Through eyes

Thuma Col­lec­tive aims to en­cour­age more Myan­mar women to tell sto­ries through pho­tog­ra­phy

The Myanmar Times - - Front Page - NANDAR AUNG

MYAN­MAR’s young me­dia in­dus­try has a prob­lem. It’s not a unique prob­lem, but a prob­lem nonethe­less. It is dom­i­nated by men. The Myan­mar Press Coun­cil es­ti­mates that be­tween just 5 and 10 per­cent of pho­to­jour­nal­ists in Myan­mar are women, mean­ing the over­whelm­ing ma­jor­ity of sto­ries are re­ported through the eyes of men.

Seven women sto­ry­tellers are on a mis­sion to change that. This Fri­day sees the launch of Thuma Col­lec­tive, a woman based pho­tog­ra­phy group which aims to bring a fe­male voice to the male dom­i­nated me­dia land­scape.

“The pho­tog­ra­phy in­dus­try here and all over the world is dom­i­nated by men,” said Yu Yu Myint Than, a free­lance pho­to­jour­nal­ist and one of the founders of Thuma Col­lec­tive.

“Women have dif­fer­ent views, sen­si­tiv­i­ties and per­spec­tives in sto­ry­telling to men. We want to say that we are ready to tell sto­ries through women’s eyes.”

Thuma Col­lec­tive - named after the Burmese fe­male pro­noun for her – was born out of the Women Pho­tog­ra­phers Club in which mem­bers would meet reg­u­larly to dis­cuss their ex­pe­ri­ences as women pho­tog­ra­phers in Myan­mar.

While in­for­ma­tion shar­ing will also be an in­te­gral part of Thuma Col­lec­tive, the group aims to take on a more ac­tive role in de­vel­op­ing a woman’s voice on Myan­mar so­cial is­sues through in-depth photo es­says.

“That was the ini­tial idea of Thuma Col­lec­tive - to cre­ate a safe plat­form for women pho­tog­ra­phers to em­power each other,” says 28-year-old Tin Htet Paing, a found­ing mem­ber of Thuma and a re­porter for Ir­rawaddy News English.

“The most pos­i­tive ad­van­tage of be­ing a woman pho­tog­ra­pher is hav­ing sen­si­tiv­ity. Nat­u­rally, women and men do feel and see things dif­fer­ently. Some­times, fe­male pho­tog­ra­phers have eas­ier ac­cess when ap­proach­ing vul­ner­a­ble is­sues or sub­jects. How­ever... I per­son­ally think pho­tog­ra­phy doesn’t have enough rep­re­sen­ta­tion of women and women’s voices. The gen­uine in­ten­tion of cre­at­ing Thuma Col­lec­tive, a women-ex­clu­sive plat­form, is to raise more di­verse voices and fill a gap, rather than cre­at­ing a gen­der di­vide.”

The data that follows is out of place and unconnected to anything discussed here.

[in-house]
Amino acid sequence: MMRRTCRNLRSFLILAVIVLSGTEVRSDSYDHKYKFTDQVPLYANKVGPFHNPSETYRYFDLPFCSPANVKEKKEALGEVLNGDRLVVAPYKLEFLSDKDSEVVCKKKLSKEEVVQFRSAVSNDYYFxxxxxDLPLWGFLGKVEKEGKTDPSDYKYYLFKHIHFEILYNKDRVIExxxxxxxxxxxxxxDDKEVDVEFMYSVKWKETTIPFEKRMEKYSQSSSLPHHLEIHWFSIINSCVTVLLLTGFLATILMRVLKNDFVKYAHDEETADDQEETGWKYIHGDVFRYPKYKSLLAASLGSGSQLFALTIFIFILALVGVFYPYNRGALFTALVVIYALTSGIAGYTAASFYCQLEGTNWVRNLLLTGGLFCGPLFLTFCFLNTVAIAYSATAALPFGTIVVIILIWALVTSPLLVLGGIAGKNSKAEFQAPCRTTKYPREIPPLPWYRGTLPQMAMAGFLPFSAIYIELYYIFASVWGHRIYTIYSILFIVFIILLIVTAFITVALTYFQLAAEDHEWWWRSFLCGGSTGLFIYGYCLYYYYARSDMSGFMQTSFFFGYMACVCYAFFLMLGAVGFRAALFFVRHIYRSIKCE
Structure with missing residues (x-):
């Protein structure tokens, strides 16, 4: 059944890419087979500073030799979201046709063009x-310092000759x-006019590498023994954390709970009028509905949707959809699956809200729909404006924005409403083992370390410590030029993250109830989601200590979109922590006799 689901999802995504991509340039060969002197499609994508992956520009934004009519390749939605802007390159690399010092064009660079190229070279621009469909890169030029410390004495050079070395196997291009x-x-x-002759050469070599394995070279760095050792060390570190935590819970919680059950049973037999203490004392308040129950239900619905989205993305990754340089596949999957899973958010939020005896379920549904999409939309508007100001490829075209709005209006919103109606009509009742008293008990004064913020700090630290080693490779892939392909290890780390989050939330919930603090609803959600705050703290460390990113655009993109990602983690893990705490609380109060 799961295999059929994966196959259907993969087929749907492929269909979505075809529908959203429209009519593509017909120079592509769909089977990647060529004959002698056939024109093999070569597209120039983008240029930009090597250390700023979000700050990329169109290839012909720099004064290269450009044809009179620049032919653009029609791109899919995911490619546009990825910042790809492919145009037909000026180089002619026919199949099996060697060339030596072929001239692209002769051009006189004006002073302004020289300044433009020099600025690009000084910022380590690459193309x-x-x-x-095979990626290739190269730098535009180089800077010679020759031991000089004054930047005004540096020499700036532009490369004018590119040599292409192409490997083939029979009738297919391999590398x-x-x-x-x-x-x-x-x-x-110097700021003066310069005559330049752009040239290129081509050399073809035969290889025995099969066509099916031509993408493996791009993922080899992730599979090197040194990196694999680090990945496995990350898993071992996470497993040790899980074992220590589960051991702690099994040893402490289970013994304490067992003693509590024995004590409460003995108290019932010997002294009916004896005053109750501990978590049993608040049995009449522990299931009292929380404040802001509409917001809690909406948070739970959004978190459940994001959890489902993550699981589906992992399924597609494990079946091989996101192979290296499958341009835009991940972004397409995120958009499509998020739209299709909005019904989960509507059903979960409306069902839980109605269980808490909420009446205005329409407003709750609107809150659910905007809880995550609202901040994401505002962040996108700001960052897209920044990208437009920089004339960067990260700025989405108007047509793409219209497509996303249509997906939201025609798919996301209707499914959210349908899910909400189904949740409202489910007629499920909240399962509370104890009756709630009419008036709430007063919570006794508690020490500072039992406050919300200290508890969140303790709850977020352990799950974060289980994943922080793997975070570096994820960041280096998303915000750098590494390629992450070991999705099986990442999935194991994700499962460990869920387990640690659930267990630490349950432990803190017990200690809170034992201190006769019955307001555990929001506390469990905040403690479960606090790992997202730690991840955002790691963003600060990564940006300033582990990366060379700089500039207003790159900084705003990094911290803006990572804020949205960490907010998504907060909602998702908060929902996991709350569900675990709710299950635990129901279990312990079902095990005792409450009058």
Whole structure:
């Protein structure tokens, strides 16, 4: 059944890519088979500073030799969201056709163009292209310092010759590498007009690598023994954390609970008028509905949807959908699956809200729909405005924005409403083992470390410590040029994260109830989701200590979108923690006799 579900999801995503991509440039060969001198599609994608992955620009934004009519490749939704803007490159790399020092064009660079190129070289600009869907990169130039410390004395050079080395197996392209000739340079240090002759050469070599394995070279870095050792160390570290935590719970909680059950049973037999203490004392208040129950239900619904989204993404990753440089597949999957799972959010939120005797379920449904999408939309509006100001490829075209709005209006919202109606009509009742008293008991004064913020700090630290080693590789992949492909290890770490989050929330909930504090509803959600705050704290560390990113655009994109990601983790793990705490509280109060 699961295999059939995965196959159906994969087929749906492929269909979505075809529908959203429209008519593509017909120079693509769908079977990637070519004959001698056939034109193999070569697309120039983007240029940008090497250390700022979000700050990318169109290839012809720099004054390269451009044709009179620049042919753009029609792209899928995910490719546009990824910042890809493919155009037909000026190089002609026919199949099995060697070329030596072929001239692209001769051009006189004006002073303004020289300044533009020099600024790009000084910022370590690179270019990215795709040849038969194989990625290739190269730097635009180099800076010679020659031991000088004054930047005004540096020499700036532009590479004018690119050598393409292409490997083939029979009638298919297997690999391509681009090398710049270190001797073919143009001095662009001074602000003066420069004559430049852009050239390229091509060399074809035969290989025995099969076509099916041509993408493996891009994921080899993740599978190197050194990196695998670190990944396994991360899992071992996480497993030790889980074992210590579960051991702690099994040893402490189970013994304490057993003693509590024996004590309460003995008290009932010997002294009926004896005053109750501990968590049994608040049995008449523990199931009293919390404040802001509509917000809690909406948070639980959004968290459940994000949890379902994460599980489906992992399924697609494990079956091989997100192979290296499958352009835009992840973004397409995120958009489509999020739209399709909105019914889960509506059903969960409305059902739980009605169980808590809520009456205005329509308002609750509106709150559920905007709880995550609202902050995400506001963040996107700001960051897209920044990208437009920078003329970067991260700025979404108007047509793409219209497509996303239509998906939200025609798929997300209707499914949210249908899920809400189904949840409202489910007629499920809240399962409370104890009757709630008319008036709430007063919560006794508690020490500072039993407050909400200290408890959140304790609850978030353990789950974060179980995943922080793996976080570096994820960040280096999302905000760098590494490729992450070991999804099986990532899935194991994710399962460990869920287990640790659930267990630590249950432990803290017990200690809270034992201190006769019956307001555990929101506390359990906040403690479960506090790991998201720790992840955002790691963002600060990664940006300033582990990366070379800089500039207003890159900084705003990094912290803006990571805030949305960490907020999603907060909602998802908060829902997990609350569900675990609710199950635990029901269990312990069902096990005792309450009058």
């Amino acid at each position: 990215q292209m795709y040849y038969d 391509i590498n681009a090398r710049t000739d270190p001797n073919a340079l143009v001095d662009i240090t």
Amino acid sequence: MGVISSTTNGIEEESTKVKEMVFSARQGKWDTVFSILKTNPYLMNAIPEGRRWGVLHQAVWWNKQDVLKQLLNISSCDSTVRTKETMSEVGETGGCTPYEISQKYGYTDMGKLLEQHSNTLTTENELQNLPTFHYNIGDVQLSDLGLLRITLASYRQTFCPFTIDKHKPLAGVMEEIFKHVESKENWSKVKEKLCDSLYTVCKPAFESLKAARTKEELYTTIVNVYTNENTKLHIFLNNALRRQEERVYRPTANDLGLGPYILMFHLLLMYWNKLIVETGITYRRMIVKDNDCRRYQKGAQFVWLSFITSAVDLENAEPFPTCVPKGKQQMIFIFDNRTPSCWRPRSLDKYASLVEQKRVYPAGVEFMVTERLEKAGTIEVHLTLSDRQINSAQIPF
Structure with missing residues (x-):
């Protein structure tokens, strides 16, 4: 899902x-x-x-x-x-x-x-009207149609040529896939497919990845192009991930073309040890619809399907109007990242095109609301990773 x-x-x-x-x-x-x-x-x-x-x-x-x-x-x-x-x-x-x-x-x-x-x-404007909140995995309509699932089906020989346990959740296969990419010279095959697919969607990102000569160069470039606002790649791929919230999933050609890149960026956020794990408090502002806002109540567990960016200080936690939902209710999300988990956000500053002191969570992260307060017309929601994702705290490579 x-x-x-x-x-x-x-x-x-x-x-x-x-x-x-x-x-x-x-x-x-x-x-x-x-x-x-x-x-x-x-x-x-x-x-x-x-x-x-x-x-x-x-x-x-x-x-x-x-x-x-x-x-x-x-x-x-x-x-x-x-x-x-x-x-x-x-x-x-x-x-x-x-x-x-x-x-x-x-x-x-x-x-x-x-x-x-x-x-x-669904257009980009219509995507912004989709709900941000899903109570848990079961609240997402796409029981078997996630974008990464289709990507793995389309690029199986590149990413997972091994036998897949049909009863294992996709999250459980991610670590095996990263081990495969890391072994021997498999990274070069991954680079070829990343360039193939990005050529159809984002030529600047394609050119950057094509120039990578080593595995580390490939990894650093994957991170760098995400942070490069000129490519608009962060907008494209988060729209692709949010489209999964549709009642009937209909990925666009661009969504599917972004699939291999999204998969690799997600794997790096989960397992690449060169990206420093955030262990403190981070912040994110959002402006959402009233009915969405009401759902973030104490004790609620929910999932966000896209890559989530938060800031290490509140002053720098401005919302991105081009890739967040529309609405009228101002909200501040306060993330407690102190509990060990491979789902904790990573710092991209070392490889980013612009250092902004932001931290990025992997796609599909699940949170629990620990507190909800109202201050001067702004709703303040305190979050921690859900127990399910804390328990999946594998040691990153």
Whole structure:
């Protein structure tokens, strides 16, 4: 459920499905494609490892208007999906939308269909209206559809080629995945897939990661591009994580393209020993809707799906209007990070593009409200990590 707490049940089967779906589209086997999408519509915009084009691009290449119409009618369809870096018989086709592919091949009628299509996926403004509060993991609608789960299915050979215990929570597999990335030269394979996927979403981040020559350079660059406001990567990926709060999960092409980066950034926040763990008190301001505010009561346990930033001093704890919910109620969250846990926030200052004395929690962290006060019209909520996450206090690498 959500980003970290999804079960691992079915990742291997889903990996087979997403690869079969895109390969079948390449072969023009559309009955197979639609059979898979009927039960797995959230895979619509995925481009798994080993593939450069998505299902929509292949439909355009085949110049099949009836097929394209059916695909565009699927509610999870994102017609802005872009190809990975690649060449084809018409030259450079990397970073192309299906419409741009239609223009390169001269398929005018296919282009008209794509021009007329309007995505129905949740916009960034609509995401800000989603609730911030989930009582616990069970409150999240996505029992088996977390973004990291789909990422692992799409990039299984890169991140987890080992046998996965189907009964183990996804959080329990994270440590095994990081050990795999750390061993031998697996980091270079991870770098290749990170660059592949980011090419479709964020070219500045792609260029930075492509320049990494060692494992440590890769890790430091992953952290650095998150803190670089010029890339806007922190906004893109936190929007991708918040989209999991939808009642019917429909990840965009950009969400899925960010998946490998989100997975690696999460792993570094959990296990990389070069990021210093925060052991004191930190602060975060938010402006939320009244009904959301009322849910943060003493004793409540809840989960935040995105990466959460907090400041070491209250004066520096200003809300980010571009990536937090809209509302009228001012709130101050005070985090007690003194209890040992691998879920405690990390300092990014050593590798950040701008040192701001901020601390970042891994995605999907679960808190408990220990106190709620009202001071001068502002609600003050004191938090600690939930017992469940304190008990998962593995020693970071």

Even though the qual­ity and num­ber of pho­to­jour­nal­ists in Myan­mar has in­creased in re­cent years there is lack of long-form sto­ry­telling in Myan­mar, says Yu Yu Myint Than., a gap which Thuma Col­lec­tive aims to fill.

“Most pho­tog­ra­phers are used to fo­cus­ing on a protest only dur­ing the protest. For ex­am­ple, they take pho­tos dur­ing the event but don’t try to learn more about why it is hap­pen­ing and what the con­se­quences are,” she said.

Thu­mar Col­lec­tive has al­ready started work­ing on their first ma­jor photo ex­hibit which will go on show to the public in March next year.

The launch on Fri­day will see the show­cas­ing of works from all seven mem­bers who will also be shar­ing their ex­pe­ri­ences in mak­ing the group.

“I want women who are in­ter­ested in pho­tog­ra­phy to have the courage to tell more sto­ries in the fu­ture,” said Yu Yu Myint Than.

Photo: Tin Htet Paing

The 67th Myan­mar In­de­pen­dence Day fun fair held in Yan­gon.

Photo: Yu Yu Myint Than

A pho­to­graph ti­tled ‘I’ve Never Told You Be­fore.’

Photo: Tin Htet Paing.

A young boy work­ing at a jetty in Yan­gon poses for a por­trait.

Photo: Yu Yu Myint Than

A pho­to­graph ti­tled ‘I’ve Never Told You Be­fore.’

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